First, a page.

Center for Risk and Crisis Management

The University of Oklahoma

University of Oklahoma, Center for Risk and Crisis Management
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Projects

The CRCM seeks to develop new pathways for understanding and managing technological and environmental risks. The CRCM maintains an expanding network of affiliated researchers from other universities, national laboratories, and federal agencies to assist in both defining and utilizing new and unexpected opportunities for research and public policy analysis.


Energy Assurance


Understanding how societies address the stages of emergency management

Mankind has always been faced with unexpected occurrences and has sought ways to prepare for, prevent and respond to these events. These events can range from relatively low consequence emergencies, to more consequential crises, and ultimately to high consequence, widespread disasters. The CRCM has undertaken extensive research in the area of understanding how societies address the stages of emergency management, including mitigation, preparation, response, and recovery. Each of these phases offers unique considerations, as well as being heavily influenced by each of the other phases.

State energy assurance planning

Recently, the CRCM conducted a study of state energy assurance planning, focusing on the State of Oklahoma's energy assurance efforts. Energy assurance planning in Oklahoma is particularly relevant given the regular occurrence of catastrophic ice storms, severe thunderstorms and tornadoes in the state; in addition, impacts from recent droughts on energy production must be taken into account when trying to ensure a stable supply of energy for Oklahoma. CRCM's work also considered the tremendous number of interdependencies which occur between the energy sector and other sectors, each of which must be taken into account in order to develop a robust understanding of the risks posed, likelihood of the occurrence of particular events, as well as the impacts that can result from an energy disruption. CRCM's work was utilized by the State of Oklahoma to formalize the state's Energy Assurance Plan, the final version of which can be found at http://www.occeweb.com/pu/PUDVideo/2013%20EAP%20Plan%20FINAL.pdf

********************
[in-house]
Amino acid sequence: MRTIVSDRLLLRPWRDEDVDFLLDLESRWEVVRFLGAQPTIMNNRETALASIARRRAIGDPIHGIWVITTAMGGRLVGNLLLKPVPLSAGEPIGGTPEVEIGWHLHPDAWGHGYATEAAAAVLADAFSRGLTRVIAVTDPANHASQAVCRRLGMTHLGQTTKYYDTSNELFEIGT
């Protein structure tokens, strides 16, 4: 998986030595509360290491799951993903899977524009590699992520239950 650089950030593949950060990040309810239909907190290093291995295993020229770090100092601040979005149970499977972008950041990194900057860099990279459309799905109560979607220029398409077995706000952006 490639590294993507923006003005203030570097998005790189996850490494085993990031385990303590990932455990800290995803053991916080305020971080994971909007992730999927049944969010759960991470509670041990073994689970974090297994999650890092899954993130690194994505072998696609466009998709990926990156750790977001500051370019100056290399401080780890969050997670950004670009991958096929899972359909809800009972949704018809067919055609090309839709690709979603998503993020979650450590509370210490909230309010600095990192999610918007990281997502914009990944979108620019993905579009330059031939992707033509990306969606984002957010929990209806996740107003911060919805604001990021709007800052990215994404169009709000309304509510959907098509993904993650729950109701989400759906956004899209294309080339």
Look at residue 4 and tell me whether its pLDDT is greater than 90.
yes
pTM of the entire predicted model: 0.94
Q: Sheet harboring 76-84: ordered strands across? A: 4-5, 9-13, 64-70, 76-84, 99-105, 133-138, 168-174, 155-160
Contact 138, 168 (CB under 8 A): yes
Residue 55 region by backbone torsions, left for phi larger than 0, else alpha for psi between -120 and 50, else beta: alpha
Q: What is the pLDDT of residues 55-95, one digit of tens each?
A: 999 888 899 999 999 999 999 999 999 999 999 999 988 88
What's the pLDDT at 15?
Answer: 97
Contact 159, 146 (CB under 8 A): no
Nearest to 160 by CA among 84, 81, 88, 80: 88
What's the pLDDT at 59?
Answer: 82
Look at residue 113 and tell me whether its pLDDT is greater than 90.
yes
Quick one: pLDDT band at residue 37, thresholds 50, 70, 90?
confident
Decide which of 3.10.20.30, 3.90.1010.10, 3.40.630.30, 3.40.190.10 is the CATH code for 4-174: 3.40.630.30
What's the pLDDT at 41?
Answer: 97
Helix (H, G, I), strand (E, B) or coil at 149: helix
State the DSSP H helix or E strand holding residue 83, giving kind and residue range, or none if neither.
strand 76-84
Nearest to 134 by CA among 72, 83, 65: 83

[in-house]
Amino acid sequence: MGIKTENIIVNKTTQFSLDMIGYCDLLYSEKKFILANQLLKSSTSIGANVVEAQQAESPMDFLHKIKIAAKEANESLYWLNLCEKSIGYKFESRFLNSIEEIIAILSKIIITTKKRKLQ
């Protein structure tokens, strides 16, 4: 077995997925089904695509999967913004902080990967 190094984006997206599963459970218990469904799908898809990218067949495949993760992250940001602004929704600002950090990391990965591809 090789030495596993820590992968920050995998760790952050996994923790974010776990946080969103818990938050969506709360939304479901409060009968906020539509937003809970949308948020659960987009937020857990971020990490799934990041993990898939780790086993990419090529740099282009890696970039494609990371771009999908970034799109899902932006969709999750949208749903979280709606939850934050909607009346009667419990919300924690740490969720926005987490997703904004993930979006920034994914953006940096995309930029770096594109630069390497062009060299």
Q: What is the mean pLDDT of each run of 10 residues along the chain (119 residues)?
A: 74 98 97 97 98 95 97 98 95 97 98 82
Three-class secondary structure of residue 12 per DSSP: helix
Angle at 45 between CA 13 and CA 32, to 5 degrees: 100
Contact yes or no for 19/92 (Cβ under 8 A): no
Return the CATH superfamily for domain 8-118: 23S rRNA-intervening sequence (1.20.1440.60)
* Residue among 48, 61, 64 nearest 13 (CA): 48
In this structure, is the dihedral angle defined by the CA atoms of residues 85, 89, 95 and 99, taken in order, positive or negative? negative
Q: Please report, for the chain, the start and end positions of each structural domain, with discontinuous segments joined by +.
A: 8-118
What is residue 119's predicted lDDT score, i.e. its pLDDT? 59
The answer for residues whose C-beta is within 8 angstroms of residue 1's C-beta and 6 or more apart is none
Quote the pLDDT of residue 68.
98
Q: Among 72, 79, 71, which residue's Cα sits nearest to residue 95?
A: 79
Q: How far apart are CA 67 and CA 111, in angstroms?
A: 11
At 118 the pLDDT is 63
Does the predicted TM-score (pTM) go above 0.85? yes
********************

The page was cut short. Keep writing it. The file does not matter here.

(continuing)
Learn more about the energy assurance project



National Security and Nuclear Policies


Four related dimensions of security, risk, and crisis management

The National Security and Nuclear Policies project conducts research into mass and elite opinions on four related dimensions of security, risk, and crisis management:

Evolution of mass opinion on multiple dimensions of security

Begun in 1993, this ongoing project provides unique information about long-term trends in the evolution of mass opinion on multiple dimensions of security. To date, it includes 23 focus groups in 10 cities, more than 30 national phone and Internet surveys of the American public and one phone survey of the British public, postal surveys of numerous elite communities in the US and Europe, face-to-face interviews with policy experts, and more than 50,000 participants from the United States and Europe. Publications include numerous technical reports, academic articles, and the book titled Critical Masses and Critical Choices: Evolving Public Opinion on Nuclear Weapons, Terrorism, and Security.

Learn more about the national security and nuclear policies project



Privacy and Security


Public Perspectives on Privacy, Security, and UAS: 2014

The University of Oklahoma’s Center for Risk and Crisis Management conducted a nation-wide Internet survey on 16–17 January 2014 investigating the dynamics of privacy, security, and unmanned aircraft systems (UAS). Responses were collected from 1,364 participants selected from more than 1,000,000 panel members by Survey Sampling International using its proprietary Dynamix sampling system. Participation included respondents from all 50 US states and the District of Columbia. Data have been weighted to national demographic parameters for age, gender, Hispanic ethnicity, race, and geographic region

Learn more about this project